Digital Disruption in PR

By JAMES KAHONGEH

Over the last 10 years, nothing has been talked about quite as much as the effect of technology on businesses. Every day, a new technology is invented, thereby altering operations in any field, creating new possibilities and eroding others. More than ever before, digital disruption is now a reality. The future has never looked more uncertain.

But is this phenomenon worth its hype? How are Kenyan businesses responding to digital disturbances? Are we getting things right? Who is wining? What are the losers doing wrong? What are the misconceptions surrounding digital revolution? How best can we prepare for the foggy future?

This week, professionals from different fields who have been caught up in the waves of digital volatility answer these questions.

How has technology disrupted practices in Public Relations?- LINDAH MBAISI, PR EXPERT

 

Due to digital disruption, public relations has evolved in terms of communication, decision making and market analysis. Organisational strategies and work plans have also changed to accommodate the new wave of PR. Press releases are now being phased out as influencers take over communication for corporates and other brands.

PR practitioners can now build more solid relationships because they can do reviews online and post them for the public to see and share their views.

It has also made it possible for people to share information faster through multiple sources, which in turn creates room for quick response. There are so many channels available, and PR professionals are no longer limited to mainstream media.

Under this new dispensation, the CEO and PR manager are no longer the only people who speak on behalf of the company. Information is put out through several channels and in many formats. As a result, companies find themselves having to deal with a lot of rumours and inaccuracies.

Through digital data, it is now easier for organisations to get the finer detail about their customers such as their preferences, tastes and habits. This way they can make more informed decisions for their clients.

Has technology created more opportunities within the PR domain?

There are now better ways of packaging content and making stories more appealing to audiences, and it is also possible to collect feedback instantaneously thus the stories can have a much bigger impact.

Social media has created a whole new space from where information can be sourced. PR budgets have, as a result, been slashed tremendously as organisations seek to save up on costs.

Does the direct interaction between customers and corporates translate into better services and products?

Brand-client engagement through websites, e-mails or social media platforms helps businesses offer better customer service, and is a sure way of fostering trust and loyalty among customers.

Are these gains quantifiable?

Before the advent of new media technology, the reach of a PR campaign was measured in terms of print circulation, TV viewership and radio listenership. Now, results can be measured instantly through the use of high tech software that also guides practitioners in identifying the channels of content that best interests their target audience.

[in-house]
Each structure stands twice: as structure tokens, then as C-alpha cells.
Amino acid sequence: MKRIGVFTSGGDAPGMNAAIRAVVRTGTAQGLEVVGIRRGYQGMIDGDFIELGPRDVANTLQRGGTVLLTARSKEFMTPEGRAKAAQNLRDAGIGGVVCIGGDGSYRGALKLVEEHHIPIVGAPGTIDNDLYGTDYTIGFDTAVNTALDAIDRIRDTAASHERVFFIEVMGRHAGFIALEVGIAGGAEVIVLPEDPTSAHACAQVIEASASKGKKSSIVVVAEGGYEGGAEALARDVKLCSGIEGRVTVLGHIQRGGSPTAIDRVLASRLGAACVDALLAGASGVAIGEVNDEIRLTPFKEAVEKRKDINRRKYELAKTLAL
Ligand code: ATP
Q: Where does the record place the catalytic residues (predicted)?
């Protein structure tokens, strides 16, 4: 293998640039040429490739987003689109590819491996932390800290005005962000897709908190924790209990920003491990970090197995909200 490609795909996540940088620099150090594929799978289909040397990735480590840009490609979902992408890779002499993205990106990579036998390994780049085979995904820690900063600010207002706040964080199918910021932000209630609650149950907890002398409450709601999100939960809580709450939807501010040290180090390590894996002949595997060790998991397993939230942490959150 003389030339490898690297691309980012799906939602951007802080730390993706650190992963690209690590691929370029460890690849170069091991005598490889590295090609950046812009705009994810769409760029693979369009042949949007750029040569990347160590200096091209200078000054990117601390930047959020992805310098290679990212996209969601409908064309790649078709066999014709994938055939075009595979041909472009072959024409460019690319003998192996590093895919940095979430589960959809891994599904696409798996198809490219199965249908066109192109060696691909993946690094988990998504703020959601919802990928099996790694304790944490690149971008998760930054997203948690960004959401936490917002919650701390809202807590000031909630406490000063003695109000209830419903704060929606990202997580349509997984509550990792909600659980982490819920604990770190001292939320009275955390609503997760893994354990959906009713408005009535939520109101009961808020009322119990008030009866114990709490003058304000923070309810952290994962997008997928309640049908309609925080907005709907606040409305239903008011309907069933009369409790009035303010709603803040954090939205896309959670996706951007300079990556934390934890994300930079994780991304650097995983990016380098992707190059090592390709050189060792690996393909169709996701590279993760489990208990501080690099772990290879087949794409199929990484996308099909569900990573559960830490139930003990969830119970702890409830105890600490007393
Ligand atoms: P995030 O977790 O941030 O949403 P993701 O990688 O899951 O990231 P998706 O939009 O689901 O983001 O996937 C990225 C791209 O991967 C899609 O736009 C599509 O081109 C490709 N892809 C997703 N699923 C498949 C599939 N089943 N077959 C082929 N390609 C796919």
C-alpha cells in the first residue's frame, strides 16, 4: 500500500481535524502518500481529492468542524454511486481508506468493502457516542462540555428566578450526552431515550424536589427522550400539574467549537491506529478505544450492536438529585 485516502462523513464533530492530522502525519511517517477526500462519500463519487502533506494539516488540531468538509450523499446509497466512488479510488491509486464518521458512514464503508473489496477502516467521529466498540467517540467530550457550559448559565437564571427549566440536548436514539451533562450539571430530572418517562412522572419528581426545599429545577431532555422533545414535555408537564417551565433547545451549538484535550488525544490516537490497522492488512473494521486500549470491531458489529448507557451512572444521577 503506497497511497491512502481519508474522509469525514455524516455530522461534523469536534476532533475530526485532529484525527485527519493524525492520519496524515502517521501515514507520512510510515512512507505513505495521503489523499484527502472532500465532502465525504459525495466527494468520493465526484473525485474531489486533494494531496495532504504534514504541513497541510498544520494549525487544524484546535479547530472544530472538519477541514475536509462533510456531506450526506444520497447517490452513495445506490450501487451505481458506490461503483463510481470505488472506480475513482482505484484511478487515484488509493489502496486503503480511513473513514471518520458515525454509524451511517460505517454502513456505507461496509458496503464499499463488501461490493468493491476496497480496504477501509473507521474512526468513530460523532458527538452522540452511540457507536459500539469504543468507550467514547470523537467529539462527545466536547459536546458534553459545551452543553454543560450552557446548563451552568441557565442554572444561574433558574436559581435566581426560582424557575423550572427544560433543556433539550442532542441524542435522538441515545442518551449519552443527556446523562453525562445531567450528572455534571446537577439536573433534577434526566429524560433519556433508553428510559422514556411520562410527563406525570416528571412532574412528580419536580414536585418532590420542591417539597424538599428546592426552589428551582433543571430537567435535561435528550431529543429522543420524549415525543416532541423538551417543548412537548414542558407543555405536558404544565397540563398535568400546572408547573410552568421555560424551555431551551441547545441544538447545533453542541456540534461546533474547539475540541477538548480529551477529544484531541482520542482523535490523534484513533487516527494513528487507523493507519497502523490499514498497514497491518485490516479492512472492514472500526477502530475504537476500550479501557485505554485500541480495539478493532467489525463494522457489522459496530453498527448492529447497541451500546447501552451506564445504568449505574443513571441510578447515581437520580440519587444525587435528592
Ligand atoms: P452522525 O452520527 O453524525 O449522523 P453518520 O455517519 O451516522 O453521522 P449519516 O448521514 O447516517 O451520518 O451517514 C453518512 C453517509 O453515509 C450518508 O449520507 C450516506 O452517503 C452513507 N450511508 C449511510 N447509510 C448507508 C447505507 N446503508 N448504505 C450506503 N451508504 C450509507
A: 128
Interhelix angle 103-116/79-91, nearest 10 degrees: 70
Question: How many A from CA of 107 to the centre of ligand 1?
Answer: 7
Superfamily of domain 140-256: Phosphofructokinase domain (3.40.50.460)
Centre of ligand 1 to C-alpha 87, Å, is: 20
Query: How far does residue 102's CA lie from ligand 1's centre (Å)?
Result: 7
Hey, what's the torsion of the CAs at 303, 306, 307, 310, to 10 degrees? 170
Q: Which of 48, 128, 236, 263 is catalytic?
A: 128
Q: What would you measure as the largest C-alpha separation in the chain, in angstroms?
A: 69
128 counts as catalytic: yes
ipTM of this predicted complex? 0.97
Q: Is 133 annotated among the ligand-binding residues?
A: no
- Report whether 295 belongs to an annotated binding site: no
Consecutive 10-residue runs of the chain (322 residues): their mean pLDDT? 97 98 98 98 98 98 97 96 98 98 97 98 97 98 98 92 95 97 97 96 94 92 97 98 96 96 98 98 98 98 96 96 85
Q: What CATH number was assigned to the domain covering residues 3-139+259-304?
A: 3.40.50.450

What myths exist about digital disruption?

Some people assume that any change in operations is as a result of digital disruption. Disruption occurs only when there is a remarkable shift in a system or environment. Slight changes do not necessarily constitute disruption. Only a major shift qualifies as a disruption.

Another misconception is that technological disruption is a bad thing. While it poses some threats especially to traditional industries, disruption can be turned to opportunity with the right strategy.

Any advice for young professionals hoping to venture into PR?

You snooze, you lose. The digital age is continuously redefining dynamics in PR. Be sure to use technology to improve your brand and that of your organisation. Also, stay alert. Keep abreast with technological changes and trends. Utilise online platforms to your advantage and build meaningful relationships with journalists, bloggers and influencers. Also, institutions of higher learning should think of incorporating this shift in the curriculum.

The article was first published on the Daily Nation Newspaper on October 4th 2019

 

 

 

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Today we kicked off the #prsksummit2019 with industry presentations in different topics. Over 300 delegates from public and private sectors enjoyed intensively interactive sessions on: Social media and health communication in women; Stakeholder mapping and analysis using Netmap toolkit; Creating a good working relationship with PR agencies; New media accreditation guidelines and PR measurement in the age of change.
We also launched the Status of PR and Communication Management Survey Report, which will be uploaded on the PRSK website for members' consumption.
We are thankful to Day 1 speakers and to #TeamPR for turning up in large numbers for this year's summit.
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Plan your itineraries #TeamPR:
1. Tomorrow morning we begin with the Leadership forum from 7am at the Serena Hotel
2. At 2pm all roads lead to University of Nairobi for the Public Lecture which will begin at exactly 3pm.
Plan your schedules accordingly and see you tomorrow🙂
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PR Practitioners, marketers, advertisers, journalists and other media players operate in the same communication space.How then do we navigate this common space?
Media Council of Kenya CEO David Omwoyo will join other panelists to discuss this topic in detail during the #prskannualsummit
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